He (Sir Joseph M'Kenna) admitted that he might now be fairly expected to give his own view of those conditions of our financial and commercial system which, he maintained, conduced to the occurrence of financial panics, and to much of the disturbance which sometimes occurred without eventuating in positive panic; and this he would do as briefly as possible. They all knew that the trade of this country was now, and always had been, largely carried on with borrowed money. They did not, however, sufficiently take into consideration this other fact—that it was so carried on with money borrowed twice over. The last-mentioned circumstance was, however, the key to the problem which they had to solve. The banker was the first borrower. He (Sir Joseph M'Kenna) had already shown that between 1847 and 1857 the deposits in three London joint stock banks had increased from £7,000,000 to £35,000,000. Between 1857 and 1866 the deposits in these three banks had increased from £35,000,000 to £57,000,000. Now, they must reflect that what had taken place with these three banks was taking place in almost all the other joint-stock banks in the United Kingdom. These monies were—to the extent, probably, of three-fourths or seven-eighths of the whole—borrowed at varying rates of interest, and were made repayable by the banks in each case at call, or on a few days' notice. They had now to bear in mind that the banker, having himself to pay interest for the money, was obliged by the very nature of things to re-lend it, and at a higher rate, in order to reimburse himself. Now, what he did was this—take an individual case—he lent the money to some one who, in return for the money, gave him some other security which the banker deemed sufficient at the time. When that operation was carried out—that was to say, when the banker had re-lent the depositor's money—so far as the banker and depositor were concerned, the money qua money had ceased to exist. It might have gone to Dantzic or to Odessa to pay for a cargo of corn; or it might have gone to St. Petersburg or Vienna to pay for the stuff which the banker had agreed to take as security; or it might have gone into some other security, good or bad. The banker, however, must be presumed to know what he was about, and, as a general rule, he got good security, and with a sufficient margin to protect him from loss. Now, they might take this as certain, that owing to the influx of deposits the normal condition of a banker in this country was that of one seeking to employ money—to lend it on good security at a remunerative rate. He could not afford to have money to any considerable extent idle for which he had himself contracted to pay interest. At this stage they had also to bear in mind that there were not commercial bills in existence to absorb half the money—or anything like half the money—which the bankers had to lend. The banker was, therefore, as an exigency of his business, constrained to advance money largely on financial securities, Government Stock, if he could get it, and he seldom could, railway debentures, railway stocks, canal stocks, Russian, French, or other Government bonds, or suchlike. He believed, and he was generally right in believing, that he could make himself as safe with some of these financial securities as he could be by discounting ordinary commercial bills if they were forthcoming. As a general rule, he obtained good and sufficient security for the ultimate repayment of his advances in all ordinary times. The one consideration, however, which was, or which should, always be present to the banker's mind was this, that as he had himself undertaken to repay his depositors at call, or on a few days' notice, he must be ever vigilant lest anything should occur, or be likely to occur, which could render his securities unmarketable for even the shortest time. Now, let them suppose that at a time when trade was neither very prosperous nor the reverse, considerable activity in some few branches and depression in others, the banker reads some disquieting intelligence. A report, apparently well founded, reaches him as to some formidable foreign complications, or it might be as to some great impending bankruptcy. Some persons believe the news, and others disbelieve it; his own opinion is that, whether it be true or false, it could have very little ultimate effect on the value of the securities in his bank. But this is not a sufficient assurance for him, if he thinks the report might suffice to render the public sensitive, or to bring down market prices; so, without betraying, or admitting that he sees, the slightest symptom of alarm, he quietly calls up a number of his loans, and declines to renew others as they fall due—which comes to the same thing. But the banker whose action he had described acted on information open to all, and it was therefore highly probable that 50 other bankers all over the country—in town and country—acted similarly, without the least concert one with another. Now, the immediate and natural effect of that was, that the customers of the banks, whose loans were called up, put unusual quantities of their stocks or their produce simultaneously on the market, and then—even supposing the amount of purchases to continue the same as usual—a fall of price ensued which, if it continued long without reaction, tended to produce that sensitiveness in the public mind which the banker had himself anticipated, but had also contributed to provoke. He (Sir Joseph M'Kenna) could not blame the bankers at all in this matter. Each banker knew that all other bankers were likely, or liable, to be influenced as he was himself, and at such a time to adopt a stringent policy. Moreover, he knew from experience that if a real pressure, even one far short of a panic, were to come about, the customer who had been earliest forced on the market came off better than those who had been indulged until later on, when lower prices were sure to prevail. When falling prices continued to be telegraphed day after day to the country, many depositors not as yet in the least degree moved by panic, but looking out for good investments, yet hesitating to invest, gave notice to their banker to place the amount of their deposits on the proper day to their credit on current account. If these monies were shortly after chequed away, the banker congratulated himself, and had good reason for doing so, that he had made timely provision for the demand. Many such pressures as those he (Sir Joseph M'Kenna) had described, after a few days of nervousness, or a few weeks, perhaps, passed away; prices rallied; everyone became re-assured; and credit circulated once more through its usual channels. But, on the other hand, if anything to stimulate the excitement and distrust occurred, the pressure continued until at length the point was reached when sales on the market could no longer be made, even at the low figures which were set down as the market price. Prices, in fact, became nominal. At this point, panic amongst depositors might at any moment become intense. It usually began to operate in this fashion—People who were previously in the habit of lodging their daily receipts with their bankers ceased to do so, and whilst they had funds in the bank they paid off their ordinary engagements by drafts on their bankers. Other people drew out their deposits, equally without the appearance of any nervousness, but they thought it well to hold cash in their safes, in preference to having it at their credit in any bank. This latter was something like what Mr. Samuel Gurney stated as having occurred in 1847, when, to his knowledge, some £4,000,000 or £5,000,000 in bank notes were locked up in the safes of private persons. But there are also many who, under such circumstances, hold gold. Concurrently with this process, mercantile and financial failures are announced from day to day. The strongest bankers find themselves at last in this position—that if things continue to go from bad to worse, it is only a question of a very short time when the best must succumb. Therefore, they think something must be done at once to allay the nervousness which by this time has spread widely through depositors. Thereupon a deputation of bankers is organized, which waits on the right hon. Gentleman who happens to be Chancellor of the Exchequer for the time being, and Her Majesty's Government is besought to pass, and does pass, an Order in Council to enable the Bank of England to issue bank notes in excess of its ordinary statutable powers, that it may be able to make advances to banks which are in one sense perfectly solvent, and are yet admittedly under such pressure, or in immediate prospect of it, as would render them liable to stop payment. Now, it was their duty to obviate, if they could, such wide-spread evils as had invariably occurred before this last somewhat empirical expedient—the Order in Council—had become the only resource for the strongest and best managed banks. Why should remedial or preventive action only commence when so much mischief had been already done? He said it was a somewhat empirical expedient, and yet it sufficed, because the affection was mainly a nervous one. There was a general, vague apprehension that no one was likely to have money enough to pay his way, and therefore every creditor, or at any rate a vast number of creditors, said to their debtors—"Pay us off." And then the debtors, in this last resort, being great bankers and influential people, waited on the Chancellor of the Exchequer, and got the Order in Council issued; whereupon, all at once, as if by magic, or like a miracle following some sacramental act, confidence was restored, and those creditors who the day before were anxious about their money assumed all at once that everything was set right again, and credit was re-instated by the bare tender, or by a mere morsel of relief. The success which had invariably attended the mere issue of the Order in Council—its immediate sedative effect—showed sufficiently that the evil was mainly attributable to apprehension and distrust, and was not due to the existence of obligations attributable to overtrading and reckless speculation, save and except to this extent—which he freely admitted—that public instances of overtrading and unfortunate speculation originated too often the distrust, which then spreads far and wide. Parliament could do but little to check overtrading, or put an end to reckless speculation; but it could, nevertheless, do a great deal to curtail the area over which panic generated by such practices could propagate itself. Parliament could, by the discriminative application of a moderate system of stamp or composition duties, induce the depositing community—that was to say, all who received interest on their deposits—to adopt a routine for the making and calling up of deposits, which, without the slightest unfairness, would preclude the possibility of vast numbers of depositors simultaneously calling up their deposits under the influence of panic. Now, the process whereby that could be done was essentially simple. It was not merely inexpensive, but it might be made the source of very considerable revenue to the State. Save and except the imposition of a moderate and carefully-devised scale of stamp or composition duties—which ought never to be oppressive—he would leave the right of contract between the banker and his depositor precisely as it was at present. He did not propose to apply any rule to, or levy any duty whatever in respect to, deposits or balances in banks which did not bear interest to the depositor. As the banker received those monies without any obligation to pay interest for them, he was not compelled to make use of them by the nature of the transaction, and therefore he might be fairly looked to to have the full monies forthcoming at all times. In the case of interest-bearing deposits, the principle was quite different, and as the banker must be presumed to make use of them, he would propose that the House should so legislate as to lead the public to cultivate a system of business which would introduce more certainty into the dealings of depositors with their bankers. He proposed that all interest-bearing deposits should be made liable to a certain stamp or composition duty, like that now levied on bank notes and on bank bills in circulation. The composition duty now payable by bankers on their notes and bills in circulation was at the rate of 7s. per cent per annum. He did not propose to apply this precise rate in any case, and merely mentioned it because it was an impost of an analogous nature, if not quite similar to that which he was about to suggest. In the matter of impost he proposed that a very light scale indeed should apply to the classes of deposits which should be made least susceptible of being acted upon by nervous or panic-stricken persons. With this view he proposed that every interest-bearing deposit of money made with a banker in the United Kingdom should, if no stipulation to the contrary were made, stand as payable on the day three months following the day of lodgment, and not be of right payable on an earlier day; and, if not demanded on its first day of maturity, should stand as re-lodged for another three months, and so on from three months to three months. These he would call "common deposits." He would suggest their being made subject to a composition duty, payable by the banker, and not chargeable against his depositor, at the rate of 4s. per cent per annum. Nothing should prevent the banker, if he thought fit, on the request of his customer, from paying any such deposit at an earlier day than the next maturity; but they should not be at liberty to stipulate beforehand that he should do so. In cases where what he called a "common deposit" would not suit the depositor, he might stipulate to lodge the money repayable at shorter intervals than three months, but in each such case, if the period fixed were not less than three weeks, he would subject the deposit to a composition duty at the rate of 1s. per cent for each such period; but in these cases the duty would not be borne by the banker, but would be deducted by him from the accrued interest, and so accounted for to the Commissioners of Stamps and Taxes. If the deposits were made repayable at periods less than three weeks, he would render them liable to a duty of 6d. per cent in respect to each such shorter period—to be charged, collected, and accounted for as in the previous case. If the deposit were made repayable after a certain number of months, weeks, or days' notice had expired, and not at a fixed time, the number of such months, weeks, or days would be treated as a period, and the deposit would be liable to a duty of 6d. or 1s. per cent—as the case might be—for each such period of months, weeks, or days as it remained with the banker—to be charged, collected, and accounted for—as in the two last-mentioned cases. There were some other details and some purely technical matters which would have to be considered; but he would not dwell upon them now. He estimated that more than two-thirds of the deposits in the banks of the United Kingdom would, from mere motives of economy, fall into the three-monthly routine of common deposits. He needed not to dilate on the advantages which would accrue. He had explained, as well as he could in brief terms, the nature of the present dangers and disadvantages, all of which would almost wholly disappear. The trading and financial communities had all felt the hardships and the grievances incidental to the present system; they would be among the first to realize and appreciate the advantage of the organization of credit which he proposed. He spoke from a very intimate acquaintance with the subject; he had not the slightest shadow of personal interest in the matter. Now, as for the depositors, the great majority of them would, he had no doubt, be pleased as well as benefited. They were, for the most part, men who had genuine confidence in their banker, but who were sometimes induced to join in a run after this fashion—A B feared what might be the effect if C D and E F, and all the rest of them, drew out their money before he did so himself. All those quiet people—and they were the great majority—would have the ineffable satisfaction of knowing that the bank in which their monies were lodged could not be imperilled by a simultaneous panic of its depositors. But those who would benefit most of all by the organization of credit were the honest and legitimate traders—whether their trade be manufacture, commerce, or finance—the classes from whom and from whose skill and industry the banker's profits and the depositor's interest were alike derived; for they would no longer be dealing with bankers who had only a fitful and wavering tenure of the funds they dispensed, but with men whose engagements were so marshalled and provided for as to render them reasonably masters of their own actions and policy. He had to thank the House for the patience with which it had listened to him, and to move the Resolution of which he had given Notice.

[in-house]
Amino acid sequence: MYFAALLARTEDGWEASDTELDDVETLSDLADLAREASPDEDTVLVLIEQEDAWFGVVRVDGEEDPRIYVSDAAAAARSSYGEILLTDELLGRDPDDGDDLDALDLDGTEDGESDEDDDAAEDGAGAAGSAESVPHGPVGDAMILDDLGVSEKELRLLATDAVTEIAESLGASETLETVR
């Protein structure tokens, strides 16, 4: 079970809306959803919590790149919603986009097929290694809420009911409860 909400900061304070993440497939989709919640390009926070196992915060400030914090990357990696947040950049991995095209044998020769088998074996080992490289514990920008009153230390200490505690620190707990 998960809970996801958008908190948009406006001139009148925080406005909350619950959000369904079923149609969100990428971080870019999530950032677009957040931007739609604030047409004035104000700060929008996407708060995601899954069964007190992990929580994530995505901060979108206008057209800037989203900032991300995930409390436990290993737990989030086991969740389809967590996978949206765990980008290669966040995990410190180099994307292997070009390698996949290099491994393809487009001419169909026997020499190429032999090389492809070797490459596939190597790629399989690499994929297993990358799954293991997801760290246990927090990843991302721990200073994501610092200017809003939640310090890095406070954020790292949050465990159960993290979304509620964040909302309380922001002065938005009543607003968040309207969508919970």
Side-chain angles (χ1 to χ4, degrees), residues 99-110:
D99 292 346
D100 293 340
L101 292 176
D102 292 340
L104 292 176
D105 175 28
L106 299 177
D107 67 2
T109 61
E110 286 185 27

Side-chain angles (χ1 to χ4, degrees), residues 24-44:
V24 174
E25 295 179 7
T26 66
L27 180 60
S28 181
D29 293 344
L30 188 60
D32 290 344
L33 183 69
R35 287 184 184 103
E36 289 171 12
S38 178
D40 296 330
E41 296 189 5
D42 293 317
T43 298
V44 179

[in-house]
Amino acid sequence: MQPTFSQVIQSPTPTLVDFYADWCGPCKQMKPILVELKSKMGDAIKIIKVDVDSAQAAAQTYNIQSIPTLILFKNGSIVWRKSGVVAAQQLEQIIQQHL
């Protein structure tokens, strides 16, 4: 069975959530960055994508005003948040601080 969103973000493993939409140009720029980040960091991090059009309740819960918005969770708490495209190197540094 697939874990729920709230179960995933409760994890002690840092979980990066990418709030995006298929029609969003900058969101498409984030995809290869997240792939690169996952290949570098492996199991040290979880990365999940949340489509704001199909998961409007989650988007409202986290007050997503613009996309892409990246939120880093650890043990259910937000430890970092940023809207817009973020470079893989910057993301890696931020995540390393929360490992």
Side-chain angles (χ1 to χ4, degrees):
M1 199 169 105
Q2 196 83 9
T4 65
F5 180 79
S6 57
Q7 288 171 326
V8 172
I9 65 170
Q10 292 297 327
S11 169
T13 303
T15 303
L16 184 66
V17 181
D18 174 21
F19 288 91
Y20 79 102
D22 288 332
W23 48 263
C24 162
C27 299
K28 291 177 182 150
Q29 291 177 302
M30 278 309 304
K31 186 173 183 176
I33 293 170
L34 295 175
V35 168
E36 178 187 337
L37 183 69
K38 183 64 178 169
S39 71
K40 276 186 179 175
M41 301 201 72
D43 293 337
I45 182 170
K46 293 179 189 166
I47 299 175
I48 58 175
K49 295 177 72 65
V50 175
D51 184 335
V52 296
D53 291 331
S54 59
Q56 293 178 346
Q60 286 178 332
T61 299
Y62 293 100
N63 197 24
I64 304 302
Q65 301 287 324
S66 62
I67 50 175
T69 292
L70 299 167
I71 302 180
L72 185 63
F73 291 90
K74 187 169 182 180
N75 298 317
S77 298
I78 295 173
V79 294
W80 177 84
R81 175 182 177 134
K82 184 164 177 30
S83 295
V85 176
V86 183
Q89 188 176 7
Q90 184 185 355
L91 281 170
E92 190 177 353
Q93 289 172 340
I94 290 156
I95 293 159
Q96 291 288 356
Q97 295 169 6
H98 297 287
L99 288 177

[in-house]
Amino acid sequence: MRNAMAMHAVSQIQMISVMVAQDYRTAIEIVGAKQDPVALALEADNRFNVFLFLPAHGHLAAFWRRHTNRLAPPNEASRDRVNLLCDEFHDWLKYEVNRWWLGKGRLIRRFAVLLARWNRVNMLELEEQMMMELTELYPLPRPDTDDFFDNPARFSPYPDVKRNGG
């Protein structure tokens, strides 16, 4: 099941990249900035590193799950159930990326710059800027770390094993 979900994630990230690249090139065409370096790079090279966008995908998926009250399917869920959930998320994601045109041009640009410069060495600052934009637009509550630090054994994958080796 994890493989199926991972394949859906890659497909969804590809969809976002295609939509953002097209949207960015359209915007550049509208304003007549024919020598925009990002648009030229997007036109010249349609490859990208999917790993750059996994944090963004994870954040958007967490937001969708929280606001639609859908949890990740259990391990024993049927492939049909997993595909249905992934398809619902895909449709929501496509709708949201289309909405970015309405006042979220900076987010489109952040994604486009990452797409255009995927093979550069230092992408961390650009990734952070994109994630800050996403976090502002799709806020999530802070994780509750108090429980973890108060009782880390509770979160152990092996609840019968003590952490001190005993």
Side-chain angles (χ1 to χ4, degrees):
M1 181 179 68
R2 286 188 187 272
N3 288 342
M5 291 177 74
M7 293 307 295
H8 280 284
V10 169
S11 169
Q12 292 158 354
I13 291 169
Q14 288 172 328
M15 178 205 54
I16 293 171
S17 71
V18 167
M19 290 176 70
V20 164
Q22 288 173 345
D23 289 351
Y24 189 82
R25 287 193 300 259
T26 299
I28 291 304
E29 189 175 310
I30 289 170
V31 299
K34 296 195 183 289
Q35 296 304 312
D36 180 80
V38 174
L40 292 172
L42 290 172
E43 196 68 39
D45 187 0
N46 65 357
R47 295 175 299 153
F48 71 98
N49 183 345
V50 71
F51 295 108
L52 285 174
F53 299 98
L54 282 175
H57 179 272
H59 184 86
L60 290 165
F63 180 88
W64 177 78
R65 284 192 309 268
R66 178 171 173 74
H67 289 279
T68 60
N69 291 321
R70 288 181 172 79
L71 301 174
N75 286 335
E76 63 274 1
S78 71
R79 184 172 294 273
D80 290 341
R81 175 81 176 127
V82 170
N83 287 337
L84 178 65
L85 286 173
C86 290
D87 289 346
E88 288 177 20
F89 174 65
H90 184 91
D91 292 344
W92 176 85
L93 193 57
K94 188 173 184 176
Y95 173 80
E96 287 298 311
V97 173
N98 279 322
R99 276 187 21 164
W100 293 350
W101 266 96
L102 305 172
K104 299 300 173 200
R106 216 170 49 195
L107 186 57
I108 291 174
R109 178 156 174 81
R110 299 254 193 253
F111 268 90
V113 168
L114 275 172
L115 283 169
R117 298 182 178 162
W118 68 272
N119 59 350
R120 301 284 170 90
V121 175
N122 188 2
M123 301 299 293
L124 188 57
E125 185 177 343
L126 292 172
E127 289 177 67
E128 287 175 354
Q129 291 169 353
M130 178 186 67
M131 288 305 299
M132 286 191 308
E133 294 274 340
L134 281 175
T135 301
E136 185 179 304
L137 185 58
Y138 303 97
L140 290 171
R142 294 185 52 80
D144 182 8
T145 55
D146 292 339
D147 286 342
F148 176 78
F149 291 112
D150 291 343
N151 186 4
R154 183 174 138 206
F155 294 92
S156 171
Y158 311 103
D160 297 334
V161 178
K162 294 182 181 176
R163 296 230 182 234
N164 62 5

Motion made, and Question proposed,